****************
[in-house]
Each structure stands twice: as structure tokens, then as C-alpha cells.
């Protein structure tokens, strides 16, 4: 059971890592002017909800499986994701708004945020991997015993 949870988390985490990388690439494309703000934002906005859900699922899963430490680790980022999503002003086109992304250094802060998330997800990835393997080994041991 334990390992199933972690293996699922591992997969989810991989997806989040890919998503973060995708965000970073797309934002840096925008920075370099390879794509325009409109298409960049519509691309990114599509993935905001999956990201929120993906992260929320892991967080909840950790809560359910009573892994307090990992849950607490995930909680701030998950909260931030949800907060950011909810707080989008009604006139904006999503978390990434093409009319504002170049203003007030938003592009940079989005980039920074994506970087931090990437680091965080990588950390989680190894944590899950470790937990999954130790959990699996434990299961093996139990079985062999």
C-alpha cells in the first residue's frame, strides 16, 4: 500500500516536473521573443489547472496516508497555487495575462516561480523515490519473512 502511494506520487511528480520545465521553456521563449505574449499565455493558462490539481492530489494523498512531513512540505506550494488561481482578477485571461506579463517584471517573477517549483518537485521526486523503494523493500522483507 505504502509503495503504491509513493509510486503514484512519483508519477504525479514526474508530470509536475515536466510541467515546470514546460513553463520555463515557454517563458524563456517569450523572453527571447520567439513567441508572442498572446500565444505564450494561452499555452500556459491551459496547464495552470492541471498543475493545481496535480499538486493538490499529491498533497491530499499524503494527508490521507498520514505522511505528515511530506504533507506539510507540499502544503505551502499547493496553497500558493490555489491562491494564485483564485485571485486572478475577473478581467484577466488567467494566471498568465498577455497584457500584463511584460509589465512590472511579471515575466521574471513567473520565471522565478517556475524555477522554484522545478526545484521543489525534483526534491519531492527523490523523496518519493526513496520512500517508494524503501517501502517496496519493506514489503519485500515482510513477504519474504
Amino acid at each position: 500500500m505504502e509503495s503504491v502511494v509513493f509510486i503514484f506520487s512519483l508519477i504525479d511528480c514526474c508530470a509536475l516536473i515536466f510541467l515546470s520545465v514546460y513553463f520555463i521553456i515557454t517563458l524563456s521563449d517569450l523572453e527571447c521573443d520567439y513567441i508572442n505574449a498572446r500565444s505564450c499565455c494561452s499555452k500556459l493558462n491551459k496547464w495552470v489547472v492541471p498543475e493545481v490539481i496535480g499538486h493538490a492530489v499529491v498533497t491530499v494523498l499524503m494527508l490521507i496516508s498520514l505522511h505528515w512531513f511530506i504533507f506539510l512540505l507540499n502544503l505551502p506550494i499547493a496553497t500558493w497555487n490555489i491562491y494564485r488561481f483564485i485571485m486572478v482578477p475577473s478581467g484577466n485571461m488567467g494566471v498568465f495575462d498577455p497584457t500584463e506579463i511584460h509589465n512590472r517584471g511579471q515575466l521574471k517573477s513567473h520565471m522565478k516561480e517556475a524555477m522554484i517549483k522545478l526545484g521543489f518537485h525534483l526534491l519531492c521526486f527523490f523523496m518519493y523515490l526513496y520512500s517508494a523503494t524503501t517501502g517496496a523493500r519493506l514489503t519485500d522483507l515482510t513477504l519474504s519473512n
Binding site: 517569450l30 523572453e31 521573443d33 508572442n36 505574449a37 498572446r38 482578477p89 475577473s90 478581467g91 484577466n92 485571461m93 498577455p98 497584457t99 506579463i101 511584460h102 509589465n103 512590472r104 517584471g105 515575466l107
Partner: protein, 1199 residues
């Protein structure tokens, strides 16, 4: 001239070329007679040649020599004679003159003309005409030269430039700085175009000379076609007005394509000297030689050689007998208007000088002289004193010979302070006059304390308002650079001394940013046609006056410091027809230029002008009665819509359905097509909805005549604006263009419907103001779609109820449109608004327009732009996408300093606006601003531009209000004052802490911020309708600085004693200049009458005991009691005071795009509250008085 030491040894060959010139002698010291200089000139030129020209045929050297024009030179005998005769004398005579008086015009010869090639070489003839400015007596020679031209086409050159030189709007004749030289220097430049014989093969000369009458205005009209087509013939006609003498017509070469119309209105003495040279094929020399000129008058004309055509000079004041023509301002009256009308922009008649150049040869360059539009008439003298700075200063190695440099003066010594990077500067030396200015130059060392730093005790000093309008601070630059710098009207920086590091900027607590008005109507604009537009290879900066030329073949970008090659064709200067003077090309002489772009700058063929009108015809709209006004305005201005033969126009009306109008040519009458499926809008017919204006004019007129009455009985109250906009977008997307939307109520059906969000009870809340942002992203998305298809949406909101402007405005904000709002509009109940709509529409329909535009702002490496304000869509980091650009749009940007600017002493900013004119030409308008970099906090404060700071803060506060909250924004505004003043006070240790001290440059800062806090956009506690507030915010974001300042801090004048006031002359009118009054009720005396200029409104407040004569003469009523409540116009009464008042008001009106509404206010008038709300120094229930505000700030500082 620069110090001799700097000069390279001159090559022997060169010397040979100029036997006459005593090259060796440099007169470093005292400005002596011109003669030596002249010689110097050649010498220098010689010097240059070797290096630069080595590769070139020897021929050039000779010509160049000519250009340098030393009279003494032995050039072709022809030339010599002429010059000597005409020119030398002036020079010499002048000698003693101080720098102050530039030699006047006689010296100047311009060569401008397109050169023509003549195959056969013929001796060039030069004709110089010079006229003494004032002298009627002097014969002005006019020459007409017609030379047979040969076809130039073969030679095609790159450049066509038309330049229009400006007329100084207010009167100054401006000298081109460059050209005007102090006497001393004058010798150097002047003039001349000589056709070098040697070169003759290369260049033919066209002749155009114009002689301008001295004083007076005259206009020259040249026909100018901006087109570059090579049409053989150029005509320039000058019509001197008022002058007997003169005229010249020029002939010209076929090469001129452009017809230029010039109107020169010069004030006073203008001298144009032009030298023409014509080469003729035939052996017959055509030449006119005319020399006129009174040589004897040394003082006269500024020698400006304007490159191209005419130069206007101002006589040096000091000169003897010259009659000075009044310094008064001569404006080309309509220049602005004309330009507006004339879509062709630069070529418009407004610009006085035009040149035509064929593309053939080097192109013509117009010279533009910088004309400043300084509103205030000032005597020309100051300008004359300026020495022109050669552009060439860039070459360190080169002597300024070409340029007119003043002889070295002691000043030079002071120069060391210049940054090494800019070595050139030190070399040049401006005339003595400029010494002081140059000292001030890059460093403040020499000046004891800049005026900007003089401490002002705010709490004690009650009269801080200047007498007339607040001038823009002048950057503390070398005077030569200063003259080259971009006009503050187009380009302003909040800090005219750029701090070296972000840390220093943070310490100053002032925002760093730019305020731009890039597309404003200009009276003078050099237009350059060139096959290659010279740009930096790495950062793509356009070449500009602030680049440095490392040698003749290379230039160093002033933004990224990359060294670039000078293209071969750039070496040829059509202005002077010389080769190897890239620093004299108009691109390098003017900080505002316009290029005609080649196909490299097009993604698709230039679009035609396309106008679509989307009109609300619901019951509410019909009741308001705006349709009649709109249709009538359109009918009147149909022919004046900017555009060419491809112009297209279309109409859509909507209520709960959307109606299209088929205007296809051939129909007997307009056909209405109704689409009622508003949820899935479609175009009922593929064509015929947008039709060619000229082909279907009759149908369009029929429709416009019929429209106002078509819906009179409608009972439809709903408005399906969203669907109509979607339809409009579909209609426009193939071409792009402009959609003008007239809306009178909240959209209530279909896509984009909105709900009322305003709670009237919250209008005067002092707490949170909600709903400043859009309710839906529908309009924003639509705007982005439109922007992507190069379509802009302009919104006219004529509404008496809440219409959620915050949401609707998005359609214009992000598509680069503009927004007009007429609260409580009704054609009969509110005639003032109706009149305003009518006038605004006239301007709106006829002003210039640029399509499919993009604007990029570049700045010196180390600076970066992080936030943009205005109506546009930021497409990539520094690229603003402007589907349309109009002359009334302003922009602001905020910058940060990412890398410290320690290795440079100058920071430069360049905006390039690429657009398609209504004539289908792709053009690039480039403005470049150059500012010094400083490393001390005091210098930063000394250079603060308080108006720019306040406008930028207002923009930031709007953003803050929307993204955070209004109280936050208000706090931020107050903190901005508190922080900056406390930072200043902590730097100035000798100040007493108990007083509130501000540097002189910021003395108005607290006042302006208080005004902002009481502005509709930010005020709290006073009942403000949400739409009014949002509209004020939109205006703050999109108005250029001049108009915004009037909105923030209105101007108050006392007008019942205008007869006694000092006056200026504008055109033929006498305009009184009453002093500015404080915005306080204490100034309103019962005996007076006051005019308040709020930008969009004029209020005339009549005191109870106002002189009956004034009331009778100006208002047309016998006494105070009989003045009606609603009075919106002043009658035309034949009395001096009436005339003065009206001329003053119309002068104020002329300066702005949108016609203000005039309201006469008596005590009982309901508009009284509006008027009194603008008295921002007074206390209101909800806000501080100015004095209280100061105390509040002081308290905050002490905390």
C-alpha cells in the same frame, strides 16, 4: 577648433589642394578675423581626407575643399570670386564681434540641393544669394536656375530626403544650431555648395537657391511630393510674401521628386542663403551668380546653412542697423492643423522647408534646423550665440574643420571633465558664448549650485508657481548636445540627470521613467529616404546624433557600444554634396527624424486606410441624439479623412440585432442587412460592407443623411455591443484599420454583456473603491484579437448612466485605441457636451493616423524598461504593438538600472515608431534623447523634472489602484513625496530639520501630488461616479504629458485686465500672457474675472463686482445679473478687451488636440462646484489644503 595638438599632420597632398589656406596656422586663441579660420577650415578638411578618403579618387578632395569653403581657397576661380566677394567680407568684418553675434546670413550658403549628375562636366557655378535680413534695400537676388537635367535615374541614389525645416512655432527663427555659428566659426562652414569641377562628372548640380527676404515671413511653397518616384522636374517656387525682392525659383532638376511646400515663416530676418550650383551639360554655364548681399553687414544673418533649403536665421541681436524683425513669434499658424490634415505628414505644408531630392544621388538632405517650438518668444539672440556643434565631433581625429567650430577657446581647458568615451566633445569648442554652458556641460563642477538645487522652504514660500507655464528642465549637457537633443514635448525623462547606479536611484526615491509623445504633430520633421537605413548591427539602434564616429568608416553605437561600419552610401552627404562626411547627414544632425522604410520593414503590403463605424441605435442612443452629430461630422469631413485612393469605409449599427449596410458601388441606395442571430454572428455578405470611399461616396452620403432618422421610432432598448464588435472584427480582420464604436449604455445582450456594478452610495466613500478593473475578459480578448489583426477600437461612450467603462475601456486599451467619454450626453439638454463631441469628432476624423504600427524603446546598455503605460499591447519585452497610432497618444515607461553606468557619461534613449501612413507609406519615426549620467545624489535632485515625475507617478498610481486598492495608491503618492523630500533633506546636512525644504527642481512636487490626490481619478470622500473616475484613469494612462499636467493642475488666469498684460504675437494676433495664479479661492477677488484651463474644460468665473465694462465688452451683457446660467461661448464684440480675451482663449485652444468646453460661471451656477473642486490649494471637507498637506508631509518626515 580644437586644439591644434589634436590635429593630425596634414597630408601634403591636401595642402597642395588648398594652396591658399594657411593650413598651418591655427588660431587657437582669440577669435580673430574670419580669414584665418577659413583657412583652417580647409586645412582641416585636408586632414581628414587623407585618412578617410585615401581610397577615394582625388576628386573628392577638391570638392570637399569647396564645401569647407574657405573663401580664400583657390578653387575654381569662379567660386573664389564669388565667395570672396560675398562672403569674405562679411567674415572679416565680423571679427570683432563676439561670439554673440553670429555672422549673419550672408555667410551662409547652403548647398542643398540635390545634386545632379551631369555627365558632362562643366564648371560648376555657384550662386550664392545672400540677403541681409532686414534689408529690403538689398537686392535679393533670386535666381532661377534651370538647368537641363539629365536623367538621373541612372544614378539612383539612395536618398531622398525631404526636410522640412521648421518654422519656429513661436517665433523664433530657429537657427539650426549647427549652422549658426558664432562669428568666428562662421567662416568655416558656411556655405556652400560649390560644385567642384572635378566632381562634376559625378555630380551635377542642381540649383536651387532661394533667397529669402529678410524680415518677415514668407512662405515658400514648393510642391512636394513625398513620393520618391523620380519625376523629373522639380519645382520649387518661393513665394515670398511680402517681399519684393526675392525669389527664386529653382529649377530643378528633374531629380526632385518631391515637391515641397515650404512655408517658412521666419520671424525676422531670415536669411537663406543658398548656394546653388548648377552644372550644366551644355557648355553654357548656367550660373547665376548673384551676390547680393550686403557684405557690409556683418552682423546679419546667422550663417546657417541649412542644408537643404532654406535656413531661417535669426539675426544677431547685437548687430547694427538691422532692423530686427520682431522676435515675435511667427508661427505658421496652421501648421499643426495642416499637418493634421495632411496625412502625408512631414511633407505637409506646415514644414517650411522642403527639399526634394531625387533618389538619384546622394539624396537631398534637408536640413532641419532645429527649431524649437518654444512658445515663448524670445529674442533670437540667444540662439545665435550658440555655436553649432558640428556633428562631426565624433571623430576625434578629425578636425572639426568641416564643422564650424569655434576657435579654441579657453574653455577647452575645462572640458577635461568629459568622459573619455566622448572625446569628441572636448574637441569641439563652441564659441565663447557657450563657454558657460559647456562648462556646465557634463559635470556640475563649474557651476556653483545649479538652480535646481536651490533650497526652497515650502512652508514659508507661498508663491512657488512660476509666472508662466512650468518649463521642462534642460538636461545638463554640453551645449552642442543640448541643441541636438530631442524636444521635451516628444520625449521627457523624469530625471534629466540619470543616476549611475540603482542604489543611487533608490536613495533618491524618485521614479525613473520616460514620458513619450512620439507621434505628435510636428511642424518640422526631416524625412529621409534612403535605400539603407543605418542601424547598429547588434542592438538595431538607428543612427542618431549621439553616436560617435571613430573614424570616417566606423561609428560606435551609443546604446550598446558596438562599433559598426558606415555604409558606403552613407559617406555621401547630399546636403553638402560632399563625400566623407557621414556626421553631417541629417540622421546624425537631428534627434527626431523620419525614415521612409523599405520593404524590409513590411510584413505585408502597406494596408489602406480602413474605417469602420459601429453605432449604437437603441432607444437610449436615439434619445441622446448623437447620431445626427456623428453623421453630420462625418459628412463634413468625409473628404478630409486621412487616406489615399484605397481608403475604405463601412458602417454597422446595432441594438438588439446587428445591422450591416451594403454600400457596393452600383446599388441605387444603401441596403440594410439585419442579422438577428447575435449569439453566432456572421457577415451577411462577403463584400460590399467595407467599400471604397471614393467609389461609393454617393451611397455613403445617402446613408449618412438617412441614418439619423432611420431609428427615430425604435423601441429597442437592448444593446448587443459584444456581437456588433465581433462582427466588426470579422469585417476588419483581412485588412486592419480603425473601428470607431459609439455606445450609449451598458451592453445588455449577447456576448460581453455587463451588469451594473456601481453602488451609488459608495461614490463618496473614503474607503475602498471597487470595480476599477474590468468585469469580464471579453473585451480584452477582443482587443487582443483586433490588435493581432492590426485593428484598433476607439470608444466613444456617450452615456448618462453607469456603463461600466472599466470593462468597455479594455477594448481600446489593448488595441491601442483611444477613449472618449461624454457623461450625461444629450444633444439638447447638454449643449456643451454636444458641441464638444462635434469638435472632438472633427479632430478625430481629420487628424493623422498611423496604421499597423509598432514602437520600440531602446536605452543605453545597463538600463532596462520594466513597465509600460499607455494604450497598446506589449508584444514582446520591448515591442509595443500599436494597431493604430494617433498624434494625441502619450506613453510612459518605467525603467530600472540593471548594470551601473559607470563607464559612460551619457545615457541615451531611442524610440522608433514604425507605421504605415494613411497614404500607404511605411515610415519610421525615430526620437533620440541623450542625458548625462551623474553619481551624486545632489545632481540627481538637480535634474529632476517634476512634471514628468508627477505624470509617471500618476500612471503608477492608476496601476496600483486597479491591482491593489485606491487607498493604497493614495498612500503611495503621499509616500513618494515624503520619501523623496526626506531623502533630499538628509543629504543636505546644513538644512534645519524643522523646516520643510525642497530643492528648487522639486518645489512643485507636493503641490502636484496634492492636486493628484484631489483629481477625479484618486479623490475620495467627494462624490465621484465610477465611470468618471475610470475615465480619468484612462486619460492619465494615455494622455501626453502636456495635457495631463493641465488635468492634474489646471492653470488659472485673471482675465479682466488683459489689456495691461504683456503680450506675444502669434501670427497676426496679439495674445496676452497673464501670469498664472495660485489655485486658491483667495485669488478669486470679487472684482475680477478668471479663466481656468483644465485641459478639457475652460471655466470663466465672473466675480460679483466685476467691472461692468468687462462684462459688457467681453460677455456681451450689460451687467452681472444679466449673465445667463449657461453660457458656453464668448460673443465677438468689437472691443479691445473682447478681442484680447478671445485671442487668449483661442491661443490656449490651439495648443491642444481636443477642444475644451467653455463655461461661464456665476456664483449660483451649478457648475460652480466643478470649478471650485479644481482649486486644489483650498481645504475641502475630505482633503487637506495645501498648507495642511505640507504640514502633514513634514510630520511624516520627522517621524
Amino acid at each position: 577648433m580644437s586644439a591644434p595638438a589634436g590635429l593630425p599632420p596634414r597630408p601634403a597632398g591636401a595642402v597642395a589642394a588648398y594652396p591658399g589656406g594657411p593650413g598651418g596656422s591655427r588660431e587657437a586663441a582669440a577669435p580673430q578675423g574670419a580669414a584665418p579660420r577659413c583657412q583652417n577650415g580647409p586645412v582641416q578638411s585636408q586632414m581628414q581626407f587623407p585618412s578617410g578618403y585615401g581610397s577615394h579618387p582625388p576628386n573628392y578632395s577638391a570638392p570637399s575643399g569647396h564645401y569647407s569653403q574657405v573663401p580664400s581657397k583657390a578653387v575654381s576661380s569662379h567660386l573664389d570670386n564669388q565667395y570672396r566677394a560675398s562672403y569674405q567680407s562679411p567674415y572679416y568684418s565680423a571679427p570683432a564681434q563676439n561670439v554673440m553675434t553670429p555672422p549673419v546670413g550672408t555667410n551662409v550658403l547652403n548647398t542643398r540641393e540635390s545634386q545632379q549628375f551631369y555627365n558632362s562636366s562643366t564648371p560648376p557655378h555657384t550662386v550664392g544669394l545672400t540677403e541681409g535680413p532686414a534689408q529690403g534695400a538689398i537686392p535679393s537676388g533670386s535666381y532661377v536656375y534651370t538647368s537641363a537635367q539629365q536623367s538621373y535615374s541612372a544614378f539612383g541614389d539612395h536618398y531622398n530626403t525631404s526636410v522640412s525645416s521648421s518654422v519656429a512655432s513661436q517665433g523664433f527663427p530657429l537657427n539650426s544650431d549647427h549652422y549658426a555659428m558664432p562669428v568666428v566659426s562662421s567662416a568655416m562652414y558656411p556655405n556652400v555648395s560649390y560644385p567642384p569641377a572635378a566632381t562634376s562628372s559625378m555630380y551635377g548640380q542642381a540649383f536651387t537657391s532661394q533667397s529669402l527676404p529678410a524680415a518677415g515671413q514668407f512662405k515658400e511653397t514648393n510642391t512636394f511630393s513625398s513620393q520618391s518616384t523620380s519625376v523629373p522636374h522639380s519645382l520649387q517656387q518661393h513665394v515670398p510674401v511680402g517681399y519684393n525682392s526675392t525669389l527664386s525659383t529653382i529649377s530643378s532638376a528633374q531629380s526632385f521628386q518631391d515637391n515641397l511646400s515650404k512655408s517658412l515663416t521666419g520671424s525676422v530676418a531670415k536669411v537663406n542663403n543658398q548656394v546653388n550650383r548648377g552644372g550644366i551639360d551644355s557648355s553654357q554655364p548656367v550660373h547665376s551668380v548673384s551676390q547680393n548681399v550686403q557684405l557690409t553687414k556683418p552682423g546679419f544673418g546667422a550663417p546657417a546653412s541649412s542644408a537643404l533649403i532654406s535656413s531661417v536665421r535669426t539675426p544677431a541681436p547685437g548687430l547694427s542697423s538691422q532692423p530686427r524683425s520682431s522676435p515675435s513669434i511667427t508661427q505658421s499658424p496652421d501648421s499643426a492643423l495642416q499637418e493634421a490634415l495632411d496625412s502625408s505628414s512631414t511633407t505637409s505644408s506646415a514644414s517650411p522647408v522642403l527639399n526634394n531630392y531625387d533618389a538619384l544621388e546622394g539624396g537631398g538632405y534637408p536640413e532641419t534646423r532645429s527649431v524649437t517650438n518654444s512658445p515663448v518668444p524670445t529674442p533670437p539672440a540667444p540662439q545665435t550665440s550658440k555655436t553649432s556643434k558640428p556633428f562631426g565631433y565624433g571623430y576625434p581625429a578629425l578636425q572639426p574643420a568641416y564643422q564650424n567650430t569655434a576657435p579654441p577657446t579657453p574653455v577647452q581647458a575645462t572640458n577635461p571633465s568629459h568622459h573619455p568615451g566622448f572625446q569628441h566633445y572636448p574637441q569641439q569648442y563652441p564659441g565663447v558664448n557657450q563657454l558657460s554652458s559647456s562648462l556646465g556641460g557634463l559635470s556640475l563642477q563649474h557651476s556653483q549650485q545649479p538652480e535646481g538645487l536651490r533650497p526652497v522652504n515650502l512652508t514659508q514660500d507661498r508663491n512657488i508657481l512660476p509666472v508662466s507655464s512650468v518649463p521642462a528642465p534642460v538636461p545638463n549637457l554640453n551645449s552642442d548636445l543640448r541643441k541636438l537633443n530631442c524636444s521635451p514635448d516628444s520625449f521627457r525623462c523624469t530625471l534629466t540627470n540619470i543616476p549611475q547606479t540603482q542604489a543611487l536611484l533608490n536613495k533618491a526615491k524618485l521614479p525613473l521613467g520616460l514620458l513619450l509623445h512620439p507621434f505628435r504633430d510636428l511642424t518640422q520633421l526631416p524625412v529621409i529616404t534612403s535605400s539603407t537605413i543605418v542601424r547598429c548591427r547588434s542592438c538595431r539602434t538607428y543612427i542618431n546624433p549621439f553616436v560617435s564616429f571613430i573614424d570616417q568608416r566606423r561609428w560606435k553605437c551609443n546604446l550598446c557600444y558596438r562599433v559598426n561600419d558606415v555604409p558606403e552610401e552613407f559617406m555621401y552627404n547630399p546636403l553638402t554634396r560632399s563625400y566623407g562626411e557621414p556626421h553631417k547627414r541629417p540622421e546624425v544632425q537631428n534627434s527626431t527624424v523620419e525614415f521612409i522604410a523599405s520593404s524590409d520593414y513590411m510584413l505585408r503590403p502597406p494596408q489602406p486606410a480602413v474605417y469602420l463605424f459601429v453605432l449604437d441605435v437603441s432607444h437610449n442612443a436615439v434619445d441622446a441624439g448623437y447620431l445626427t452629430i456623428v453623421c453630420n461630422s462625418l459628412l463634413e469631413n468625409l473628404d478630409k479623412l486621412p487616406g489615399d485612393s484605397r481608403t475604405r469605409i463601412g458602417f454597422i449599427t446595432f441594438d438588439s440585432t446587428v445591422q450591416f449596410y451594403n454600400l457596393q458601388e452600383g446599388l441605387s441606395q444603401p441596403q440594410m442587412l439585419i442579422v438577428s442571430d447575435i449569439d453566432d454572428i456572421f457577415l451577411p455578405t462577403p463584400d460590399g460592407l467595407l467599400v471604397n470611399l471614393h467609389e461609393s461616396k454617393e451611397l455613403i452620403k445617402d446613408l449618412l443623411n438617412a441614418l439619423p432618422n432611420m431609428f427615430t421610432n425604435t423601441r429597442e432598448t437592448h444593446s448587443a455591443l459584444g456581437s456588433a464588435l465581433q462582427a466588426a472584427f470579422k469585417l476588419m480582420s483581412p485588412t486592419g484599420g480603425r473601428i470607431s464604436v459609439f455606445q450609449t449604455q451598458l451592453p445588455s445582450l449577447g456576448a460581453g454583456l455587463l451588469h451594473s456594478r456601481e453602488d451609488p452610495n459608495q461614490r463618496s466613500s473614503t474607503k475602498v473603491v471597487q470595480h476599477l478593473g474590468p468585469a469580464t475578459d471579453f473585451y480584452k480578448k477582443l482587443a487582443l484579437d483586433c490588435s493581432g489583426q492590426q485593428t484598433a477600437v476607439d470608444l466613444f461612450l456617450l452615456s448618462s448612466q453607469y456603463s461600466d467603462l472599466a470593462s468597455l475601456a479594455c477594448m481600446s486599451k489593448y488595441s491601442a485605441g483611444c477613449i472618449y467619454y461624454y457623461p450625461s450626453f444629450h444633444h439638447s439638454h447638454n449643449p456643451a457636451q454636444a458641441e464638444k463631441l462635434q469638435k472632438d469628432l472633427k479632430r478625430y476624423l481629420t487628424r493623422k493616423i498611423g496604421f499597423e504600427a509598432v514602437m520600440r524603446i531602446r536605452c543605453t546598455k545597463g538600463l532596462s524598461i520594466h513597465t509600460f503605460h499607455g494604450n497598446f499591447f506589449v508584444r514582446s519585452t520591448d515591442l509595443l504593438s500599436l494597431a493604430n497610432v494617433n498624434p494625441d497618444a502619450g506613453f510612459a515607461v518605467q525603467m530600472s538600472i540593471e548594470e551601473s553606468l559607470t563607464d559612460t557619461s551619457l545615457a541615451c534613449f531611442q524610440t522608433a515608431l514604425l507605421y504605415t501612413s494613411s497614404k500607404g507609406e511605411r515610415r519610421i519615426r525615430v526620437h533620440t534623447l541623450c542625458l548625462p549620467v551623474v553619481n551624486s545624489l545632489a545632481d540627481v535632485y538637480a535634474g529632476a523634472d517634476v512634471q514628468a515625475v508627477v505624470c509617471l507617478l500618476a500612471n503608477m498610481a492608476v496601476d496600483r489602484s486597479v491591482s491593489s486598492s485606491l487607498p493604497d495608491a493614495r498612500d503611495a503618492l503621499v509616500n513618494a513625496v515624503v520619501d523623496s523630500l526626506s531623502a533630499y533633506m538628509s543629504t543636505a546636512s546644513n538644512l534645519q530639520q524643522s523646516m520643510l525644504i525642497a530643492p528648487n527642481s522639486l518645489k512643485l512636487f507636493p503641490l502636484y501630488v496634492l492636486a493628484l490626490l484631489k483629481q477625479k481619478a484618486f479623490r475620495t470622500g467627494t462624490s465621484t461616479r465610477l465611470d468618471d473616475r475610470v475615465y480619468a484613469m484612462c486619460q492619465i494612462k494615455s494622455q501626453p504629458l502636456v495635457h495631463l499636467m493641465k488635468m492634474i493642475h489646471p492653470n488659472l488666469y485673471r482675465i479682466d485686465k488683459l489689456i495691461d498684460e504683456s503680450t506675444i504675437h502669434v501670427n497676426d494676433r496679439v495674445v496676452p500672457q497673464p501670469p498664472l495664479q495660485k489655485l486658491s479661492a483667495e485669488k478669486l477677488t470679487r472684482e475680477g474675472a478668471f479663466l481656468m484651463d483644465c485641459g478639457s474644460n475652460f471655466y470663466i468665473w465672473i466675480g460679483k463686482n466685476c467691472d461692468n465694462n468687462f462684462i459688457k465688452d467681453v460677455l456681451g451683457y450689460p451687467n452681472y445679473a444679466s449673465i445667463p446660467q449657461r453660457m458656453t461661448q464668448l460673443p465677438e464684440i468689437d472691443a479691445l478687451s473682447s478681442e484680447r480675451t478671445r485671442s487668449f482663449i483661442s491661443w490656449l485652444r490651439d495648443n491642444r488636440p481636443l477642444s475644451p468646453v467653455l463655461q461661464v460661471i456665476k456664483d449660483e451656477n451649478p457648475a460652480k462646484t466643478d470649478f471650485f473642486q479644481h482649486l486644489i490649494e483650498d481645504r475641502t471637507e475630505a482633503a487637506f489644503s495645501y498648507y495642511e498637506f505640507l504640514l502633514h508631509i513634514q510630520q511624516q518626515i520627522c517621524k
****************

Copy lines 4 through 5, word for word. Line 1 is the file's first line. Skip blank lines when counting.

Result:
C-alpha cells in the first residue's frame, strides 16, 4: 500500500516536473521573443489547472496516508497555487495575462516561480523515490519473512 502511494506520487511528480520545465521553456521563449505574449499565455493558462490539481492530489494523498512531513512540505506550494488561481482578477485571461506579463517584471517573477517549483518537485521526486523503494523493500522483507 505504502509503495503504491509513493509510486503514484512519483508519477504525479514526474508530470509536475515536466510541467515546470514546460513553463520555463515557454517563458524563456517569450523572453527571447520567439513567441508572442498572446500565444505564450494561452499555452500556459491551459496547464495552470492541471498543475493545481496535480499538486493538490499529491498533497491530499499524503494527508490521507498520514505522511505528515511530506504533507506539510507540499502544503505551502499547493496553497500558493490555489491562491494564485483564485485571485486572478475577473478581467484577466488567467494566471498568465498577455497584457500584463511584460509589465512590472511579471515575466521574471513567473520565471522565478517556475524555477522554484522545478526545484521543489525534483526534491519531492527523490523523496518519493526513496520512500517508494524503501517501502517496496519493506514489503519485500515482510513477504519474504
Amino acid at each position: 500500500m505504502e509503495s503504491v502511494v509513493f509510486i503514484f506520487s512519483l508519477i504525479d511528480c514526474c508530470a509536475l516536473i515536466f510541467l515546470s520545465v514546460y513553463f520555463i521553456i515557454t517563458l524563456s521563449d517569450l523572453e527571447c521573443d520567439y513567441i508572442n505574449a498572446r500565444s505564450c499565455c494561452s499555452k500556459l493558462n491551459k496547464w495552470v489547472v492541471p498543475e493545481v490539481i496535480g499538486h493538490a492530489v499529491v498533497t491530499v494523498l499524503m494527508l490521507i496516508s498520514l505522511h505528515w512531513f511530506i504533507f506539510l512540505l507540499n502544503l505551502p506550494i499547493a496553497t500558493w497555487n490555489i491562491y494564485r488561481f483564485i485571485m486572478v482578477p475577473s478581467g484577466n485571461m488567467g494566471v498568465f495575462d498577455p497584457t500584463e506579463i511584460h509589465n512590472r517584471g511579471q515575466l521574471k517573477s513567473h520565471m522565478k516561480e517556475a524555477m522554484i517549483k522545478l526545484g521543489f518537485h525534483l526534491l519531492c521526486f527523490f523523496m518519493y523515490l526513496y520512500s517508494a523503494t524503501t517501502g517496496a523493500r519493506l514489503t519485500d522483507l515482510t513477504l519474504s519473512n